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The Ending Of Zootopia Explained

In 2022, we're headed back to Zootopia, the sprawling metropolis populated by talking mammals — from tiny, but vicious, shrews to naked, yoga-practicing yaks. That's because the Academy Award winning animated movie "Zootopia" is getting a spin-off series on Disney+, so this year is the perfect time to finally do a rewatch, and to revisit just what made this movie so lovable to kids and adults alike.

It all begins with a comedic noir tale set in the endlessly interesting Zootopia, where the consistently underestimated bunny cop Judy Hopps (Ginnifer Goodwin) teams up with the fox con artist Nick Wilde (Jason Bateman) to find a missing otter. The case is far from straightforward, entangling them with the Tundratown mafia, before nearly getting them killed at the hands of a feral jaguar in the Rainforest District. Of course, finding the missing mammals only leads to more questions: They're all feral and kept in a lab, where Mayor Lionheart (J.K. Simmons) is hiding them and trying to understand why these predators have gone savage.

The city of Zootopia soon succumbs to fear, with animals afraid of their neighbors, but then Judy gets an unexpected break in the case. The action-packed third act reveals the conspiracy at the heart of the mystery and the key themes at work in what, in the end, proves to be more than just a typical Disney movie about talking animals.

Bellwether drugged the predators, then Mayor Lionheart kidnapped them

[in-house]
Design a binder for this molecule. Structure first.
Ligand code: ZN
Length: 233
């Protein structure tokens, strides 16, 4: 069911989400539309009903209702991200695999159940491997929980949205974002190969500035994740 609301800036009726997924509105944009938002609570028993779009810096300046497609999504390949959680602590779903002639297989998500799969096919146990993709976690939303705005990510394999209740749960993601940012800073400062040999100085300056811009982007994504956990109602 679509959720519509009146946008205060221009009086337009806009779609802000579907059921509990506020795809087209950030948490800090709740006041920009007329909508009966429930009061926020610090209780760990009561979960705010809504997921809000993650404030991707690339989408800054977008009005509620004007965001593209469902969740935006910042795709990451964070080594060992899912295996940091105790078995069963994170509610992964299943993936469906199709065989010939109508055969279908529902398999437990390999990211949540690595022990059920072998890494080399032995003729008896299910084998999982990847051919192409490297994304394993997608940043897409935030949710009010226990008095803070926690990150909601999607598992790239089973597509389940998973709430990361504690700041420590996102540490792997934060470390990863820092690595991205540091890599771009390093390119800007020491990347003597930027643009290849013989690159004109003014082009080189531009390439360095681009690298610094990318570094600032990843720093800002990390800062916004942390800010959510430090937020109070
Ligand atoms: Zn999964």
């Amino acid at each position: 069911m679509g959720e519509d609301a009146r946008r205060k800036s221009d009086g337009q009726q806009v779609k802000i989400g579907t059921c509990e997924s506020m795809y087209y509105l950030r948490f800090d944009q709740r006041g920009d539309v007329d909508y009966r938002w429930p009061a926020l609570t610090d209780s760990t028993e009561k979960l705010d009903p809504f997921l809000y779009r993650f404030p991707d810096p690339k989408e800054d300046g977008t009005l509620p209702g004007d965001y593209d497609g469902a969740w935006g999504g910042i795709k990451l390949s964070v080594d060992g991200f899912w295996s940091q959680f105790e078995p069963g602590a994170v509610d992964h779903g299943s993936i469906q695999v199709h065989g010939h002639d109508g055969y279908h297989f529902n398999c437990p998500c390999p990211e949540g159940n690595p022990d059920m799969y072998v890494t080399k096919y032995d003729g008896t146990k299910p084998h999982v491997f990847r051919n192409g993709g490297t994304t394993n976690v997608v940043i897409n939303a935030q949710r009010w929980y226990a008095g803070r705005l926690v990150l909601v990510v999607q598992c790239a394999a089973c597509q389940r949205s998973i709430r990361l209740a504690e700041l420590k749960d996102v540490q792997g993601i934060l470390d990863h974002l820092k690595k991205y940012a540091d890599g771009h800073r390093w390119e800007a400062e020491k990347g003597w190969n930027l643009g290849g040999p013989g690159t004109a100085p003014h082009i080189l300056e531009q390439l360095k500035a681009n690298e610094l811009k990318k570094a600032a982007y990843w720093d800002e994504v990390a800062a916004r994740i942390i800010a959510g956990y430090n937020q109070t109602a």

Although Mayor Lionheart was covering up the strange pattern of predators turning savage, the animal behind it all is actually his seemingly innocent assistant: the little sheep Bellwether (Jenny Slate). It all comes together once Judy discovers that "night howlers" — their main clue from earlier — is not referencing the wolves guarding Lionheart's lab, but is actually a name for a type of plant. If ingested, night howlers can make any mammal — predator or prey — turn into a teeth first, no questions kind of animal. Crucially, it's the same plant that Duke Weaselton (Alan Tudyk) stole on Judy's first day as a cop, which leads her to unravel how it was being used on the missing predators.

She and Nick discover that Bellwether orchestrated a nefarious plan: She enlisted a few rams to go full "Breaking Bad" and develop a drug from the night howlers, then covertly sniped various predators with it, turning them feral. She wanted to make the city's prey population believe predators were reverting to their carnivore ways, because she's got a chip on her shoulder about being small and overlooked. 

"Our villain is using fear to stoke division," director Byron Howard told Variety. He pointed out the third act taps into real world concerns about governing with fear, showing its harmful effects in scenes that hit close to home: At a peace rally, a pig shouts at a cheetah to go back to the forest.

In the end, though, Nick and Judy outsmart Bellwether by swapping the night howler darts with blueberries. Then Nick pretends to be feral, Judy reenacts her death scene from the opening school play, and they record Bellwether's villain monologue on Judy's carrot pen — exposing her plot to the public.

Zootopia's theme of bias takes many shapes